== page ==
Generation Y Has No Culture

Written by Point Lessbanter

One subject that I have always been interested in is the cultural impact of generations. Each generation brings different changes to the cultural landscape and leaves a lasting impact. Well… except for generation Y or “generation whine” as some cynical experts call it.

First let me define what generation Y is. Gen Y is basically includes anyone that was born after 1981. The previous generation, Gen X, is anyone that graduated high school in the 1980s. (Which puts me in this odd category because I don’t fall into either group. This allows me to criticize both without having to take sides, which is a nice bonus.)

Most of the criticisms of Gen Y are that they are distracted (always multitasking but never doing a good job), feel a sense of entitlement, they are the most marketed to generation ever (not only do they accept it, they relish in it), have chosen to date or have sex with me (which says something about their taste), and there is a gaping void when it comes to cultural contributions. I feel the first couple of points can be debated because they always seem like a typical swipe at younger generation that happens every few years. The one I want to look at is the cultural contributions because you can see some real issues there.


Generation X: Grunge, Hip-hop, and Indie Rock
There really is no debate about the lasting contributions of the music of this era. Although everyone want to distance themselves from Vanilla Ice, which everyone in generation x agrees about.

Generation Y: Pop punk?

(Fall Out Boy doesn’t make me want to beat it… )

Gen Y’s music can be defined as wholly unoriginal and the band Fall Out Boy personifies it. They aren’t original enough to come up with their own video concepts; they have to adapt stuff that was created by the generation before them. Their pop music is prepackaged Disney stars that are created by a massive marketing machine. There is no real movement here, mostly co-opting the culture of the previous two generations.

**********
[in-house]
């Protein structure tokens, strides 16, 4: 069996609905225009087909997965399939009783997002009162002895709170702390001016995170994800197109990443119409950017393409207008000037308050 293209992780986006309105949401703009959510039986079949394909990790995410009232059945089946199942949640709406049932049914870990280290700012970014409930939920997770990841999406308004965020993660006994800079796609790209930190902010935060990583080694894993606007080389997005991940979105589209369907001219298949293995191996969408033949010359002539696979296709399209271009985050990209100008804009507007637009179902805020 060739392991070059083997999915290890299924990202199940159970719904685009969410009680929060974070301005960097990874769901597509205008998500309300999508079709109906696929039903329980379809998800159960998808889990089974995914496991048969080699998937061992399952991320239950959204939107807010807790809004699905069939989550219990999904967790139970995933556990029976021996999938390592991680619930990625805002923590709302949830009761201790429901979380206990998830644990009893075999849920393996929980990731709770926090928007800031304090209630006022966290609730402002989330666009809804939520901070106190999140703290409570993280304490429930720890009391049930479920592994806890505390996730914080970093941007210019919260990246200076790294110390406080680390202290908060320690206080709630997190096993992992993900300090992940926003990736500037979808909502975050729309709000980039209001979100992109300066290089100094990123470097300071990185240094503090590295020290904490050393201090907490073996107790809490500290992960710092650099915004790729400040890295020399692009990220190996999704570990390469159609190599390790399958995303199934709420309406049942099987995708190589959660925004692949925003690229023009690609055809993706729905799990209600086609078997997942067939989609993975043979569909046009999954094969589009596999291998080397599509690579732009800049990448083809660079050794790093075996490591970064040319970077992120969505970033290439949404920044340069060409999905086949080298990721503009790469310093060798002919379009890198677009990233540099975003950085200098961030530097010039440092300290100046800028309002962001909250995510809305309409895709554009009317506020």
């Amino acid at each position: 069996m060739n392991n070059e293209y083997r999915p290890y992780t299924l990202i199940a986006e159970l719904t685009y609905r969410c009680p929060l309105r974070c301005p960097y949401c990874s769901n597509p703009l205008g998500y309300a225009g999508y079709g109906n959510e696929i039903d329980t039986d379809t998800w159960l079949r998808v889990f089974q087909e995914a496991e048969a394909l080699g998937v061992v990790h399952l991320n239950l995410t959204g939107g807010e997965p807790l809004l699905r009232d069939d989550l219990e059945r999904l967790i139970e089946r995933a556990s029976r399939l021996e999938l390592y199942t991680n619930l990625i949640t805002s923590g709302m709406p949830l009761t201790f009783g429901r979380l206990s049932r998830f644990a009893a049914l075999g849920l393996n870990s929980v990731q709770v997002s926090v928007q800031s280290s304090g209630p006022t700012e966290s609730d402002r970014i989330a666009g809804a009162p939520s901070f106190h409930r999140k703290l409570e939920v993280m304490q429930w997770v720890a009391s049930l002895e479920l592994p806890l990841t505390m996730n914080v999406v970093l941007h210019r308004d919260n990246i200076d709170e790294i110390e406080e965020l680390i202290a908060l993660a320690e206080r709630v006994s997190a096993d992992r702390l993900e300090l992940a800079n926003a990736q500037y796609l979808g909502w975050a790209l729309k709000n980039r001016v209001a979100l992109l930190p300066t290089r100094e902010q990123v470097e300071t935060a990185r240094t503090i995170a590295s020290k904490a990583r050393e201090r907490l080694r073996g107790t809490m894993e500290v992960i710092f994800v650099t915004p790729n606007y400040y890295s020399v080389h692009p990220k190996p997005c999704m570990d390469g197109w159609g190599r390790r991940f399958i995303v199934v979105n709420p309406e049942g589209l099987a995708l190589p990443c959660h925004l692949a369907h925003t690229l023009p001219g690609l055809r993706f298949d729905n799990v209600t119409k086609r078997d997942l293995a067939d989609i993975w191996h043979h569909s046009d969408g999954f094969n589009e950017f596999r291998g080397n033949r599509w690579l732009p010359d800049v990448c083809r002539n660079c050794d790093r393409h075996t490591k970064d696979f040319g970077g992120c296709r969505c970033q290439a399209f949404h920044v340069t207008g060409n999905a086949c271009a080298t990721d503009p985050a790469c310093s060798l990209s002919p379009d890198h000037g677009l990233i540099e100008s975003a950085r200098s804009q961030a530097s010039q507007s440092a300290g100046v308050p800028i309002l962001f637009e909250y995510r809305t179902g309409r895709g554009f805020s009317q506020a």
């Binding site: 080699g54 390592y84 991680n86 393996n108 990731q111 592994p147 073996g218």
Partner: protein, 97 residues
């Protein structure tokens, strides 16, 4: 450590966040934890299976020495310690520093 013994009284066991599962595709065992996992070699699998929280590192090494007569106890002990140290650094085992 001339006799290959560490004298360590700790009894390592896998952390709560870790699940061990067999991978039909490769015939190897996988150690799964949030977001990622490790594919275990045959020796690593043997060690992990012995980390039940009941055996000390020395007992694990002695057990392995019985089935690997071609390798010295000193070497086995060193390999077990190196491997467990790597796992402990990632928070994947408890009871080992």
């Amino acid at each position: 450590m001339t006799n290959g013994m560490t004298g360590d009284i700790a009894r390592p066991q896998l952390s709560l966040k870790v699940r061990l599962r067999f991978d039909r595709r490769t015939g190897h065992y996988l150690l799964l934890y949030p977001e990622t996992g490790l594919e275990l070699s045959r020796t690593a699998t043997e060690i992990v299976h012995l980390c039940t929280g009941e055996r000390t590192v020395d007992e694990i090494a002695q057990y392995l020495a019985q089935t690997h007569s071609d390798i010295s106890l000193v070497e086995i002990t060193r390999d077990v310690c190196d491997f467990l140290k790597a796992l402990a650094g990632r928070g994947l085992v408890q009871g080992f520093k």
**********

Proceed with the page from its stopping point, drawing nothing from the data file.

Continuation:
reality bites

Generation X: Kevin Smith, Reality Bites, Singles
Gen X had movies and filmmakers that helped define a generation. We are all lazy, mistrusting, weed smoking, coffee swilling, cynical smart asses… I have come to accept that personification. Oh and we all want to bang a young Wynonna Rider.

Generation Y: All those crappy comedy parody films
The comedies that are created for teens aren’t even original to come up with their own ideas. It is all prepackaged pop culture references jammed into 90 minutes. I’ll even give you Juno and you still just have a shit load of pop culture references and nothing that defines that generation.

Reality Television

Generation X: The Original Real World
We gave you a show that talked about race. That had Kevin Powell who is going on and running for Congress. Musicians who actually put out music and got signed by labels like Becky, Heather B, and Andre. Plus a founder of Gay Entertainment television. And who can forget Eric Neiss who brought us… um… uh… excellent aerobics shows?

the grind

Generation Y: The Hills and the Real World Hollywood

It isn’t a good sign that even Gen Y’s reality television turned out to be scripted and fake. Plus when you look at the shift generationally from the first few Real World seasons to the last few where the shows just include attention whores and people that want to be famous for being famous… Well it isn’t a good sign.

real world stripper

Although it did bring us the greatest episode of the Real World ever that included court, strip clubs, a guy going to alcohol rehabilitation, threats to roommates, some of the most pointless conversation ever, and possibly cemented this cast as the one I have the most disdain for ever. So I guess I need to give them points for that.

Where does this place Gen Y? Are they just going to be known for the mash-up? Combining the cultural production of others into their own products?

Has Gen Y produced anything of value?

This is going up at

59 thoughts on “Generation Y Has No Culture

  1. SandraL

    Interesting analysis, though even as an older-model Gen-X’er (graduated highschool in ’83), I feel the need to defend Gen Y against some of the worst criticisms. While I appreciate the humor in the post, I’d point out that in some cases here you’re confusing the “culture” manufactured for a generation with the culture created by the generation. Who created “our” movies (well, besides Kevin Smith) and TV? Mostly a lot of baby-boomers. Who creates most of the movies and TV targeted at Gen-Y? Mostly Gen-X’ers…